829 words - 3 pages The Importance of Romanticism in Literature In Wordsworth’s “The World is Too Much With Us” can be seen all the classic signs of the Romantic movement of the late eighteenth and early nineteenth century well embodied, complete with a near-worship of nature (“Little we see in Nature that is ours…for this, for everything, we are out of tune”) that was perhaps an understandable reaction to not only the classicism of the prior era, but the

Best Known Artists of the Romanticism Era

802 words - 4 pages Romanticism is an era of complex artistic, literary, and intellectual movement that displays many varieties of style themes and content. It arose in the second half of the 18th century. During the Romantic period the amount of people who could and could not read increased dramatically. As the Romanticism Literature movement, a short yet quiet complex period, which paved the wave of strong emotions and themes that were perceived as heroic through

The Chimney-Sweeper explores tenets of romanticism

1476 words - 6 pages PassionThe individualNatureImagination/creativityExplain why your poem is a very good exploration of [x] and [y].William Blake'sThe Chimney-Sweeper in Songs of Innocence effectively explores the archetypal Romantic themes of [x] and [y] through the anecdote of children chimney-sweeps during the late 18th century, London. As the precursor of Romanticism, Neo-Classicism promoted logic and reason, discipline, the Great Chain of Being, Deism, and

Artist and the Concerns of Romanticism

506 words - 2 pages Technically, the term “ Romantic” nowadays is defined like something belong to our emotion when we fuse our happy feeling together and create a “sweet” mood that can make us feel like out of the world. Besides, “romantic” is also used to imply something unrealizable. However, back to the Romantic Era when the term “Romantic” was defined different comparing with it meaning nowadays.In the book Culture and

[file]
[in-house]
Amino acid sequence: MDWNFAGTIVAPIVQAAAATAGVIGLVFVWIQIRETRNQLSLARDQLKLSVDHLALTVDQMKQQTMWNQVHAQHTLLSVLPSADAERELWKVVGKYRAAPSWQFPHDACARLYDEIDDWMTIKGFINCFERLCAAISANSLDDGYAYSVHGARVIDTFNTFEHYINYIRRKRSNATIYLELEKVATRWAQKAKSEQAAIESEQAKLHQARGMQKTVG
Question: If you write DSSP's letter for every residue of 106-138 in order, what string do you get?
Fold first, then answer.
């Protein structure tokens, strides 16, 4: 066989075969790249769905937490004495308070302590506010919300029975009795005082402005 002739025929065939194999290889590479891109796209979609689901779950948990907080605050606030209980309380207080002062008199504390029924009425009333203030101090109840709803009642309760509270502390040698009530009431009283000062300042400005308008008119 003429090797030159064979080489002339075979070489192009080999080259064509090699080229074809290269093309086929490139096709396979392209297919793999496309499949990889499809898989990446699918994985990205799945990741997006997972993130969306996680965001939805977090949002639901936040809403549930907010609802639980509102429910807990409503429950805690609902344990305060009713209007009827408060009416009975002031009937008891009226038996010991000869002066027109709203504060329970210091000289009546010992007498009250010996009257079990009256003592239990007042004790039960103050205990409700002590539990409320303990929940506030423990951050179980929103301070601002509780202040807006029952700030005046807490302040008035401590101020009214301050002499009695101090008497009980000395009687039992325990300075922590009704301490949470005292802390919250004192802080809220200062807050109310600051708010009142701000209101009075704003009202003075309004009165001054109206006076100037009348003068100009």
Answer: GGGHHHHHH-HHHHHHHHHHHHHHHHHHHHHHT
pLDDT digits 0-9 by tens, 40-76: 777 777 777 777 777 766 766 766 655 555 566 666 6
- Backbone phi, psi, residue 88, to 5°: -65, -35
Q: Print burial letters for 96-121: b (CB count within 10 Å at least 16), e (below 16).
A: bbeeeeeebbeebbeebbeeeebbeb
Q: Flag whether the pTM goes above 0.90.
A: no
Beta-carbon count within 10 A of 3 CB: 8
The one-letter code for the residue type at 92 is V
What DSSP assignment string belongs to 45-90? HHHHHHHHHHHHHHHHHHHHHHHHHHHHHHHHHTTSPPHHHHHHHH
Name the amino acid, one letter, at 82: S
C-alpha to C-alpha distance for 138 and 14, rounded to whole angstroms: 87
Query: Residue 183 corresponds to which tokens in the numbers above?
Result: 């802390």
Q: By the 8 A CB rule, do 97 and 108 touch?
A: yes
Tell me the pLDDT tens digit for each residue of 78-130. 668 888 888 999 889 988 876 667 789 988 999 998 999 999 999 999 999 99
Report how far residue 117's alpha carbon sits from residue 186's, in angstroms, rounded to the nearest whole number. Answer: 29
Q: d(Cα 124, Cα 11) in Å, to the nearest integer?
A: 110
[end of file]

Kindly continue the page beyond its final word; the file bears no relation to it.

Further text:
Reality of the Shadows

1113 words - 5 pages Philosophers are often tempted to find out the hidden meanings behind the apparent reality. On the subject philosophers like Plato have built on his understanding of reality. Much of contemporary philosophy is still being based upon what Plato had left behind. Also, many other themes developed by philosophers can be related to Plato`s vision of reality and form. William Goulding in his essay, ‘Thinking as a Hobby’ assigns three grades to

Reality of the Brutality

1003 words - 4 pages Reality of the BrutalityHow could a war that killed more people, destroyed more property, disrupted more lives, and probably had more far-reaching consequences than any other war in history be reenacted on screen? World War II was a war that hit home to many people, with battlefields stretching nearly across the world. Troops fought in the steaming jungles of Southeast Asia, in the deserts of northern Africa, and on islands in the Pacific Ocean

The Shadows of Reality

1388 words - 6 pages The Shadows of Reality We are like the people in Plato’s “Allegory of the Cave.” The people chained to the cave were forced to look at projections and shadows that were cast upon the wall. Because the shadows were the only thing they had seen, they perceived them to be the “truth”. Today our “shadows” have become the media, death, and pain which influence what we believe to be “truth.” The media, death, and pain are fairly common in today’s